Thursday, November 21, 2013
by Sister Jackie Capelle
In his Gospel, Luke opens the door to Jesus' death and opens the doors to the death of the two men who also would die along side him. What a difference between these. Jesus' death is the highlight of his life. He is the King, there is no guilt in his life.
We stand before Jesus knowing he was not guilty in anyway. We stand before Jesus knowing he was an innocent King. Being King, He has all of us in his care. As King he is filled with goodness and we are also filled with that goodness.
As we offer you, O Lord, the sacrifice by which the human race
is reconciled to you, we humbly pray that your Son himself may
bestow on all nations the gifts of unity and peace. Through Christ
our Lord, Amen.
(2010 International Commission on English in the Liturgy Corporation. All rights reserved. Used with permission.)
About this series
Chapter 36, US Catholic Catechism for Adults
by Sister Laura Zelten
In Luke 11:1-13, Jesus teaches his disciples to pray The Lord's Prayer (or "Our Father"). Jesus prayed every day to his heavenly Father, and he gave his followers a prayer that we continue to pray today. The Lord's Prayer is the most perfect of prayers, containing all that we rightly desire before God. It is at the heart of every personal and communal prayer.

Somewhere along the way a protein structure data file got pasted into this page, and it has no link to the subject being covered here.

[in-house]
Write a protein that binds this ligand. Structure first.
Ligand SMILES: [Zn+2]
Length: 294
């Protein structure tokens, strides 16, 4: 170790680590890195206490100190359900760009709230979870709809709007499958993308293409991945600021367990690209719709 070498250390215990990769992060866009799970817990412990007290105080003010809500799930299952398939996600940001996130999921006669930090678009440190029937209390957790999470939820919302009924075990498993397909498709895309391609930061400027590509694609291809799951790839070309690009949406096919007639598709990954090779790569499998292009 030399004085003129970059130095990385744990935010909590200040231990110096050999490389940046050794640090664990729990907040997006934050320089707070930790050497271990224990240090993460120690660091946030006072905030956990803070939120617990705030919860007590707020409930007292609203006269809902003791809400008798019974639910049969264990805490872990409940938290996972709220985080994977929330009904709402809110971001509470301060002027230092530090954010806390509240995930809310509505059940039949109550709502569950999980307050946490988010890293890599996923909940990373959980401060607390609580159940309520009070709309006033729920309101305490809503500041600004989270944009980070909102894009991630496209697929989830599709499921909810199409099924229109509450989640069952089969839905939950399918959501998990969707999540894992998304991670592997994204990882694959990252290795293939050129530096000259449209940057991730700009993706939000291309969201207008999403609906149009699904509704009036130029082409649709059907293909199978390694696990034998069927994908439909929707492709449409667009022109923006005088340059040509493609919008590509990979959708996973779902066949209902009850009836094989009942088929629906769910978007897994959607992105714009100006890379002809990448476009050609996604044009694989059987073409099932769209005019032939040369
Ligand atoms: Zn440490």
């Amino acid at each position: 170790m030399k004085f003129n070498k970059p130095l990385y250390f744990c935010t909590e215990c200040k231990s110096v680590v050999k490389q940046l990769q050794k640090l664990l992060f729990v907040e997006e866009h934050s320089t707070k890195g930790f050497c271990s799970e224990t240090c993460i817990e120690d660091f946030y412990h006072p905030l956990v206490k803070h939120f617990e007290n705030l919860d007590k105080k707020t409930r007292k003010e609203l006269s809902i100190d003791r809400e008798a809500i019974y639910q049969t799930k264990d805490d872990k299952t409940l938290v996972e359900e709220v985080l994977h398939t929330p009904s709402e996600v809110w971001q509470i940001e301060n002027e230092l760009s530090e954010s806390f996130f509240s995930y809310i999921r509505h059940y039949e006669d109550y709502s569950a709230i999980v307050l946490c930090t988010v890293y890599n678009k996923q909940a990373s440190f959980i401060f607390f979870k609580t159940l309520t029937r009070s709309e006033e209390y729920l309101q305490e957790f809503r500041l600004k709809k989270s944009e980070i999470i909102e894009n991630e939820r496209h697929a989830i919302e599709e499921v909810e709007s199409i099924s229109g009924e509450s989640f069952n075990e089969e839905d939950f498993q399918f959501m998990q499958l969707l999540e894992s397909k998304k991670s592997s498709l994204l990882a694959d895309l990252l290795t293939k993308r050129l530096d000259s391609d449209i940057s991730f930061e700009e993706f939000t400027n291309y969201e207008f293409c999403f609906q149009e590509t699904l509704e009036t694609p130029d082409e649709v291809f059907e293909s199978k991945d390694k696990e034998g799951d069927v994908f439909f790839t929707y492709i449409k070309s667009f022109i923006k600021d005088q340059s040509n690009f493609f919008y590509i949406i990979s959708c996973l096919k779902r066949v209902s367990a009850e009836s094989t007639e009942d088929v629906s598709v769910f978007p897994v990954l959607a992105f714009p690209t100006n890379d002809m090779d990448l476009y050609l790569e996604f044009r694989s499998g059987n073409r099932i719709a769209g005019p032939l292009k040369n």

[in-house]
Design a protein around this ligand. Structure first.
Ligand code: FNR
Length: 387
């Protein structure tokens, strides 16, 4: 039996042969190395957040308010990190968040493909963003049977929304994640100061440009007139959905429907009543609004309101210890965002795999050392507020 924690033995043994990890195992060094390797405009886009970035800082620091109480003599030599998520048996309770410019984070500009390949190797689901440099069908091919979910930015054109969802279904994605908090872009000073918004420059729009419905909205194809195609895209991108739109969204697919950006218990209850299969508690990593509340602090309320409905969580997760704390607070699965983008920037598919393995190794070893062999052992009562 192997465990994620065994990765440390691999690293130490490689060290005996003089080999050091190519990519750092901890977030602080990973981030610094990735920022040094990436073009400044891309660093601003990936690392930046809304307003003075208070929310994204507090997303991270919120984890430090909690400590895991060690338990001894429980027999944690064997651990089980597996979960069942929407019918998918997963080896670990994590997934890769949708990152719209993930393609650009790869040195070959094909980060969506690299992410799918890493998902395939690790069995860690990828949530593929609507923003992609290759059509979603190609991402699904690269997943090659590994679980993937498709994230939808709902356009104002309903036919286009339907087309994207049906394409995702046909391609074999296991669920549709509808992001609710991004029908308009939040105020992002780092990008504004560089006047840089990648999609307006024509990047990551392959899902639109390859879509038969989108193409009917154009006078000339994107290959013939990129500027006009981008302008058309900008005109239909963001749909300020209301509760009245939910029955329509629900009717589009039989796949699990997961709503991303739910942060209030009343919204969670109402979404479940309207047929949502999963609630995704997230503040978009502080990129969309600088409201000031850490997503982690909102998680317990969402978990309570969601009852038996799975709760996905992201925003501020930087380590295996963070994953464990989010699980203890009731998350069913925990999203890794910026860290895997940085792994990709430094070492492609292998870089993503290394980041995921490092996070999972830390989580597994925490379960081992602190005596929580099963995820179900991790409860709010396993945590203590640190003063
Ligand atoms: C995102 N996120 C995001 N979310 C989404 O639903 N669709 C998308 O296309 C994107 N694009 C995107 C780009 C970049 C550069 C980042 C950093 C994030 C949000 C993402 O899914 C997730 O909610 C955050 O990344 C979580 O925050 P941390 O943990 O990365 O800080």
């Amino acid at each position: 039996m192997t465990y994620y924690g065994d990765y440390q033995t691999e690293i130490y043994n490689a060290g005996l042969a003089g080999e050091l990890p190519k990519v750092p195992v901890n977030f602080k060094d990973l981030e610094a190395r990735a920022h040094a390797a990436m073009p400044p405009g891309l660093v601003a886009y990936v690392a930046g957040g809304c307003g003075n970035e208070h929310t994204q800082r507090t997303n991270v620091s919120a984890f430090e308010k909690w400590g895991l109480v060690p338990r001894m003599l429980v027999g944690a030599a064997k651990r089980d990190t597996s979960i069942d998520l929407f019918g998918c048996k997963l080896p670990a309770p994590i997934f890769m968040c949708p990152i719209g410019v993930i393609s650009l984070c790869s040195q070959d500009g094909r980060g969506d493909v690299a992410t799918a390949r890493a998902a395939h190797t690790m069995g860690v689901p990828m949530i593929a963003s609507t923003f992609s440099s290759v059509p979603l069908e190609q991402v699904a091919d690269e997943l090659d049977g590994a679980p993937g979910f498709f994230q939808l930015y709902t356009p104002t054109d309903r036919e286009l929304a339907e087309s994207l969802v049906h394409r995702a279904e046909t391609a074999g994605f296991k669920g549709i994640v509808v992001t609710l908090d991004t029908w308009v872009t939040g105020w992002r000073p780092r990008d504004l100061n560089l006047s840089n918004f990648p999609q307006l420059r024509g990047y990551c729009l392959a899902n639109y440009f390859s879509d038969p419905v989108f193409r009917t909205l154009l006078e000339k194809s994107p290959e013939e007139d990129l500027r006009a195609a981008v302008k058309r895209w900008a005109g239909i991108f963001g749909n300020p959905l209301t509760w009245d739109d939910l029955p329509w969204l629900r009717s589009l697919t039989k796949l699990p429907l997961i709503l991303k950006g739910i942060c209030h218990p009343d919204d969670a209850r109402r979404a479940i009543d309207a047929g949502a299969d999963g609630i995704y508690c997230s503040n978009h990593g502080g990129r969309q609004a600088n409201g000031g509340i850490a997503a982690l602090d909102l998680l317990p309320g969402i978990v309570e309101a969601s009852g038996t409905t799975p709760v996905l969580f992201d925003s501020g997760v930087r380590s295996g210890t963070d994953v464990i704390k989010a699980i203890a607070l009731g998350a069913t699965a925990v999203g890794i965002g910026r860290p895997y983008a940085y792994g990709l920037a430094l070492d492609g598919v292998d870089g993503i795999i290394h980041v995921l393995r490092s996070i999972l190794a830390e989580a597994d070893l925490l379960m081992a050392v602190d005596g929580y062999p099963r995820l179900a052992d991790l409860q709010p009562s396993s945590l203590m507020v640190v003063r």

Our Church loves this prayer because it includes several different prayers. We honor and adore God when we say, "Hallowed be thy name." We pray for God's kingdom -- a kingdom of love and justice and peace to be realized in our world. We ask God for daily bread -- whatever we need both physically and spiritually to live faithfully this day. We ask God to forgive us -- but only as much as we are willing to forgive others. That's a challenging one! And we ask for God's help so that we aren't tempted to sin and turn away from him.
It's the perfect prayer!
EDITOR'S NOTE: The Church's "Year of Faith" concludes on Sunday, Nov. 24. We hope you've enjoyed this journey through the Study Guide of the US Catholic Catechism for Adults.
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